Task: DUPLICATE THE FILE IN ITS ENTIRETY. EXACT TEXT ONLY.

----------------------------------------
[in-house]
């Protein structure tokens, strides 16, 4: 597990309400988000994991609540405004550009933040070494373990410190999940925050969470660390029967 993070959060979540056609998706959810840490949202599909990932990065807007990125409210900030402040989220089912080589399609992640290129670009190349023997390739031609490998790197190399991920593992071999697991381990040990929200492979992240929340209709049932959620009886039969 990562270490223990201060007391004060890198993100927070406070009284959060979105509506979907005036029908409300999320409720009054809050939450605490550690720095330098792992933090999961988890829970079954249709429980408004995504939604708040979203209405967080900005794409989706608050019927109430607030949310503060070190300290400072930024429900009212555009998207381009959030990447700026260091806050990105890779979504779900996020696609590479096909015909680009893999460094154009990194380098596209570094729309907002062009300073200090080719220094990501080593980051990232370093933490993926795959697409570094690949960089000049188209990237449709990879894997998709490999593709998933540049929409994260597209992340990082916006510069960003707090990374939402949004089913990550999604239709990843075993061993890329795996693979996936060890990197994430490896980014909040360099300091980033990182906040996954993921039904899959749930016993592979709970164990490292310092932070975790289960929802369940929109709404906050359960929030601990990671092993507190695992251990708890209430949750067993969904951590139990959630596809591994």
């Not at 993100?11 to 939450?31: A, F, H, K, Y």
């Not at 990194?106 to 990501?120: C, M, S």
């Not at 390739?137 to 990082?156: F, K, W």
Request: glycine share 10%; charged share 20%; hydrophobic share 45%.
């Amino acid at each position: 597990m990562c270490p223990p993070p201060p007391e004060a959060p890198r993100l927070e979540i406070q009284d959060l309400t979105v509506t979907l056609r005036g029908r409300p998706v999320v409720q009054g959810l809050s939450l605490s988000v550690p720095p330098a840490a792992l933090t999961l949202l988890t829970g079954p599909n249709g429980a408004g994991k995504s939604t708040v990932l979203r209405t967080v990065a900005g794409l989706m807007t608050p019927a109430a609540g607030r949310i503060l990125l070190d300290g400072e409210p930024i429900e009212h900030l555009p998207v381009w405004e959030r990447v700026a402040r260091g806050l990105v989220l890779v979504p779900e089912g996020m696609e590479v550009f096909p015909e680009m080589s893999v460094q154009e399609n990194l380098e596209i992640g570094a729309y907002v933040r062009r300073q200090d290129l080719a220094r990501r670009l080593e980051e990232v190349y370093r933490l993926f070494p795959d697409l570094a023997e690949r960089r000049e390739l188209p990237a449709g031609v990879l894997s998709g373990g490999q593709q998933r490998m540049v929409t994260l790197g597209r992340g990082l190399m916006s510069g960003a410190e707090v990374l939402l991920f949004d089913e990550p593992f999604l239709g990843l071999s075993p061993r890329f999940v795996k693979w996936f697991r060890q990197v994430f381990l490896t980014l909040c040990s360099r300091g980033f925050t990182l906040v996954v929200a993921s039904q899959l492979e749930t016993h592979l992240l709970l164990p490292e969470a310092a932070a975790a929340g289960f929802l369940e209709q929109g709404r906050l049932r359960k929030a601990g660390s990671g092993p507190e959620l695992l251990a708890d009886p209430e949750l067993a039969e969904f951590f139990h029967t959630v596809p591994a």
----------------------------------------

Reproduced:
[in-house]
């Protein structure tokens, strides 16, 4: 597990309400988000994991609540405004550009933040070494373990410190999940925050969470660390029967 993070959060979540056609998706959810840490949202599909990932990065807007990125409210900030402040989220089912080589399609992640290129670009190349023997390739031609490998790197190399991920593992071999697991381990040990929200492979992240929340209709049932959620009886039969 990562270490223990201060007391004060890198993100927070406070009284959060979105509506979907005036029908409300999320409720009054809050939450605490550690720095330098792992933090999961988890829970079954249709429980408004995504939604708040979203209405967080900005794409989706608050019927109430607030949310503060070190300290400072930024429900009212555009998207381009959030990447700026260091806050990105890779979504779900996020696609590479096909015909680009893999460094154009990194380098596209570094729309907002062009300073200090080719220094990501080593980051990232370093933490993926795959697409570094690949960089000049188209990237449709990879894997998709490999593709998933540049929409994260597209992340990082916006510069960003707090990374939402949004089913990550999604239709990843075993061993890329795996693979996936060890990197994430490896980014909040360099300091980033990182906040996954993921039904899959749930016993592979709970164990490292310092932070975790289960929802369940929109709404906050359960929030601990990671092993507190695992251990708890209430949750067993969904951590139990959630596809591994």
């Not at 993100?11 to 939450?31: A, F, H, K, Y």
């Not at 990194?106 to 990501?120: C, M, S």
């Not at 390739?137 to 990082?156: F, K, W």
Request: glycine share 10%; charged share 20%; hydrophobic share 45%.
């Amino acid at each position: 597990m990562c270490p223990p993070p201060p007391e004060a959060p890198r993100l927070e979540i406070q009284d959060l309400t979105v509506t979907l056609r005036g029908r409300p998706v999320v409720q009054g959810l809050s939450l605490s988000v550690p720095p330098a840490a792992l933090t999961l949202l988890t829970g079954p599909n249709g429980a408004g994991k995504s939604t708040v990932l979203r209405t967080v990065a900005g794409l989706m807007t608050p019927a109430a609540g607030r949310i503060l990125l070190d300290g400072e409210p930024i429900e009212h900030l555009p998207v381009w405004e959030r990447v700026a402040r260091g806050l990105v989220l890779v979504p779900e089912g996020m696609e590479v550009f096909p015909e680009m080589s893999v460094q154009e399609n990194l380098e596209i992640g570094a729309y907002v933040r062009r300073q200090d290129l080719a220094r990501r670009l080593e980051e990232v190349y370093r933490l993926f070494p795959d697409l570094a023997e690949r960089r000049e390739l188209p990237a449709g031609v990879l894997s998709g373990g490999q593709q998933r490998m540049v929409t994260l790197g597209r992340g990082l190399m916006s510069g960003a410190e707090v990374l939402l991920f949004d089913e990550p593992f999604l239709g990843l071999s075993p061993r890329f999940v795996k693979w996936f697991r060890q990197v994430f381990l490896t980014l909040c040990s360099r300091g980033f925050t990182l906040v996954v929200a993921s039904q899959l492979e749930t016993h592979l992240l709970l164990p490292e969470a310092a932070a975790a929340g289960f929802l369940e209709q929109g709404r906050l049932r359960k929030a601990g660390s990671g092993p507190e959620l695992l251990a708890d009886p209430e949750l067993a039969e969904f951590f139990h029967t959630v596809p591994a």